10 Proven Tips for a Successful Annual Review: How to Prepare, Engage, and Follow-Up

Annual performance reviews can be a nerve-wracking experience for both employees and managers. With the right preparation and mindset, they can be a valuable opportunity for growth and development. Here are ten tips for a successful annual review.

1. Prepare in Advance

Now is not the time to try to remember everything you’ve done over the past year. Instead, keep a file of your accomplishments all year long as well as any praise you’ve received from colleagues, other management staff, or department heads (your awesome file). Be prepared to show how your accomplishments align with the goals of the company. Your manager needs to know you understand the importance of your role and how you contribute to the bottom line.

2. Set Clear Goals and Expectations

Before or during the review, work with your manager to set clear, measurable goals for the next year. This will give you direction and make it easier to track your progress throughout the year. Studies show that only about 50% of employees really know what’s expected of them throughout the year, so make sure you leave the review with a clear outline of expectations, then begin working on a plan to achieve them.

3. Be Proactive

Don’t wait for your manager to bring up specific topics or concerns during the review. Take the initiative to prepare your agenda and be ready to be honest about any struggles you are having. Set goals for yourself as well, and be ready to discuss the support you might need.

4. Be Open To Feedback

Even if the feedback is difficult to hear, try to keep an open mind and consider it objectively. Remember that the goal of the review is to help you improve and grow in your role. Your manager is there to provide feedback and guidance, so make sure you are actively listening and engaging in the conversation.

5. Listen Actively

Now is not the time to get defensive. Listen actively to your manager regarding any improvements you need to make as well as any particular skills you are doing well. Be ready to articulate those back to your manager in a way that mirrors what they said. This shows not only that you were listening, but that you understand what you heard.

6. Take Notes

After the review, take the time to document the key points discussed, including your goals, feedback, and any action items. This will help you stay on track throughout the year and ensure you’re following through on any commitments made during the review. Communicate those key points and goals to your manager to be sure you are both aligned.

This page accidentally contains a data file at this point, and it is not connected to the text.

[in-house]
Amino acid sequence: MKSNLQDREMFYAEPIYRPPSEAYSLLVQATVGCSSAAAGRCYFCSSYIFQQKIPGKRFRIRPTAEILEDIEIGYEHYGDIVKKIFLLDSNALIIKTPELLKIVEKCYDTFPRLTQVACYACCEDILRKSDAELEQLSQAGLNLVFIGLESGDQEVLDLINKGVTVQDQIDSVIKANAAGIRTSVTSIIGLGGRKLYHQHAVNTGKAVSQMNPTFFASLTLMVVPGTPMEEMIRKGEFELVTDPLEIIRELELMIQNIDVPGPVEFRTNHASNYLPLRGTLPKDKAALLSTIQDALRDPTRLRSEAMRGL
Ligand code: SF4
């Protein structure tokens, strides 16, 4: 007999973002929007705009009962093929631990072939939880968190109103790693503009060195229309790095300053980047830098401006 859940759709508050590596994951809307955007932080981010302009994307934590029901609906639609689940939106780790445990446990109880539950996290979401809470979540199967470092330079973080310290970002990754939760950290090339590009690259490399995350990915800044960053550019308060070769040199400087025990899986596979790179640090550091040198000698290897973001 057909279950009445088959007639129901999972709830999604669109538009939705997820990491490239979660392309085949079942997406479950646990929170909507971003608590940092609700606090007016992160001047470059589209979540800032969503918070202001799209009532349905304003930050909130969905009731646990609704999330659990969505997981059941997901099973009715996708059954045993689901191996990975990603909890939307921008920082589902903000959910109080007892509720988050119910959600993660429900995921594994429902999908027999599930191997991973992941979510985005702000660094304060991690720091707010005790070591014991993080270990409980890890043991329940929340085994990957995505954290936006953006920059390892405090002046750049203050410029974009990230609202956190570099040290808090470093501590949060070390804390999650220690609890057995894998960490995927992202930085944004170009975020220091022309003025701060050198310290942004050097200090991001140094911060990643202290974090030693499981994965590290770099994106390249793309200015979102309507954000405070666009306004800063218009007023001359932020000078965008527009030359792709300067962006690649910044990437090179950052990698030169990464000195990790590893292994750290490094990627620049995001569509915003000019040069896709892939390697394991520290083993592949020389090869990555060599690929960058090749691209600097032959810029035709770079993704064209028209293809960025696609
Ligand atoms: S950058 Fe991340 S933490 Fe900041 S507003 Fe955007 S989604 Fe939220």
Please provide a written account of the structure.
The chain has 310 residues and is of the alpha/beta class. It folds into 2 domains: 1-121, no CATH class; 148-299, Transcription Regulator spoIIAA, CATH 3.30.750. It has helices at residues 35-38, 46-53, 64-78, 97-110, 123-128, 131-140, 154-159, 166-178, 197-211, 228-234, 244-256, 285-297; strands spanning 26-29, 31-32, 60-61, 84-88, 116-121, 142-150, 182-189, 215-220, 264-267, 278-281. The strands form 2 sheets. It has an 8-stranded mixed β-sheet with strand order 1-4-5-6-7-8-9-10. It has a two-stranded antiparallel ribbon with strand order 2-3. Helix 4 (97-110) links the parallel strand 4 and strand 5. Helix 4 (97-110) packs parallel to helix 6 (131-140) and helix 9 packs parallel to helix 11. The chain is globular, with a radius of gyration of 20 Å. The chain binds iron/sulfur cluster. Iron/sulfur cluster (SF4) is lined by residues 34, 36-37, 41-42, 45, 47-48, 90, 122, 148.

7. Follow Up

After your review, follow up with your manager to give them visibility to the progress of improvements you are making or goals you are working toward. Be sure to ask clearly for any further support you may need. This can be done in person of course, but email is acceptable if your manager agrees. Let them guide you with the type of visibility they need.

Pro tip: Forbes.com suggests that this communication needs to be continuous throughout the year to be effective. One performance conversation per year is not enough to be truly helpful, as a whopping 92% of surveyed employees say they want feedback more than once a year.

8. Get Support From Colleagues

It’s always helpful to get a different perspective, so reach out to your colleagues for feedback and support. As hard as it might be, ask a trusted colleague for feedback on you as a co-worker. Use what you learn to improve.

9. Practice Self-Reflection

Reflecting on your performance, progress and development is a key aspect of successful annual reviews. Reflect on your progress, your strengths and weaknesses, and identify opportunities for improvement. If you get any constructive criticism, it’s important to ask yourself first if there is any truth to the criticism before getting defensive. If there is truth to it, reflect on the changes you need to make, and communicate those changes to your manager.

10. Repeat

Begin immediately preparing for your next annual review by documenting this year’s feedback, progress, and personal achievements. Again, learn to speak the language of the company, which means understanding the goals and how you contribute. Be sure the language you use in your documentation speaks directly to those goals, using data whenever possible.

Annual reviews can be a valuable opportunity for growth and development, but they can also be a source of stress and anxiety. By being proactive, honest, and prepared, you can ensure that the review is a positive experience and that you are able to make the most of the feedback you receive. Remember, the goal of the review is to help you improve and grow in your role, so be open to feedback and take the time to reflect on your progress

If you need someone to help you prepare for your annual review I am available for one-on-one coaching! Learn more about coaching right here.

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